Poison Sumac (Toxicodendron vernix) is another in the genus. Sometimes when people get a bad Toxicodendron rash they will say it is Poison Sumac because of how bad the rash is. However, because Poison Sumac grows in swamps and bogs it is much more rare to come in contact with.
Mangos (Mangifera indica) and Cashews (Anacardium occidentale) belong to Anacardiaceae, as do our Sumacs (Rhus spp.). It is believed that eating these foods can help against Poison Ivy reactiveness. People sometimes worry about consuming Sumacs because of Poison Sumac. But Poison Sumac belongs to Toxicodendron and Staghorn Sumac and its close relatives belong to Rhus. They are different plants. Rhus species provide several edible and medicinal parts.
Apiaceae – The Carrot Family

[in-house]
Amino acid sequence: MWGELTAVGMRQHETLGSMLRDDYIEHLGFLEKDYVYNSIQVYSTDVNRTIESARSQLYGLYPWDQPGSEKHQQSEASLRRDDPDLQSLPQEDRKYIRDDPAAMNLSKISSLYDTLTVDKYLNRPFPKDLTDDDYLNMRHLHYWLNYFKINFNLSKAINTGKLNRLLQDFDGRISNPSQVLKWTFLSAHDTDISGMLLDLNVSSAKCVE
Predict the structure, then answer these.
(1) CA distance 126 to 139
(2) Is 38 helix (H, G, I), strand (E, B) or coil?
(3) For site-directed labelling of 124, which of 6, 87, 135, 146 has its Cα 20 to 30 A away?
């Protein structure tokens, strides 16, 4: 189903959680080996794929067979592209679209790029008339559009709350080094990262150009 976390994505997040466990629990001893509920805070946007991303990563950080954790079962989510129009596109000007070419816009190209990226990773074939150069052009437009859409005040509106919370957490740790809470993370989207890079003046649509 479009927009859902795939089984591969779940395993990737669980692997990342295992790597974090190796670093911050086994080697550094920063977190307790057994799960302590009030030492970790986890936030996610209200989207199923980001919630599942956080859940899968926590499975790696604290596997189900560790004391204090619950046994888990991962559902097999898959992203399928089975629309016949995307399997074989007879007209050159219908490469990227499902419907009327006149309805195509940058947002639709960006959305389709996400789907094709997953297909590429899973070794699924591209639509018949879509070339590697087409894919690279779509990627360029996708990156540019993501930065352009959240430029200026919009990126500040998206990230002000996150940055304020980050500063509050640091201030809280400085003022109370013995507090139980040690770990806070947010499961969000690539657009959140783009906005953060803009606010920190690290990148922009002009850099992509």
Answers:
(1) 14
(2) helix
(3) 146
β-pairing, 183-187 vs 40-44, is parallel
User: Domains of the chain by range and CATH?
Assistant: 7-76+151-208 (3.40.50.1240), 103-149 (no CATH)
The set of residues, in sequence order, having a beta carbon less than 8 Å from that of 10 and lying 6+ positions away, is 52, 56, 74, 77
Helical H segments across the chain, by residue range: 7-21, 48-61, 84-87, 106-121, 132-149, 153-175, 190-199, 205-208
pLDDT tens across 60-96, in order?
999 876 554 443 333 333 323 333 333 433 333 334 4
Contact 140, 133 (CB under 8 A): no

Apiaceae is also known as the Poison Hemlock Family, the Parsley Family, and by its old name, the Umbel Family or Umbelliferae. This latter designation has persisted since Apiaceae became official largely because it describes the flower type, the umble, which is characteristic. To describe it here is slightly too technical (will save it for an article focused on this family alone), but perhaps you already know it. Carrots (Daucus carrota), Angelica (Angelica spp.), Parsnips (Pastinica sativa), Dill (Anethum graveolens), Poison Hemlock (Conium maculatum), and Water Hemlock (Cicuta spp.) all have umble (umbrella-shaped) flowerheads. Yarrow (Achellea millefollium of the Aster Family) and Elderberry (Sambucus spp. of the Elder Family, Adoxaceae) look at first to have umbels, but when inspected closely the stalks supporting the flowering parts arise in a branching pattern from the main stem while true umbles branch from a single node of the main stem. That is, umbels come from one point.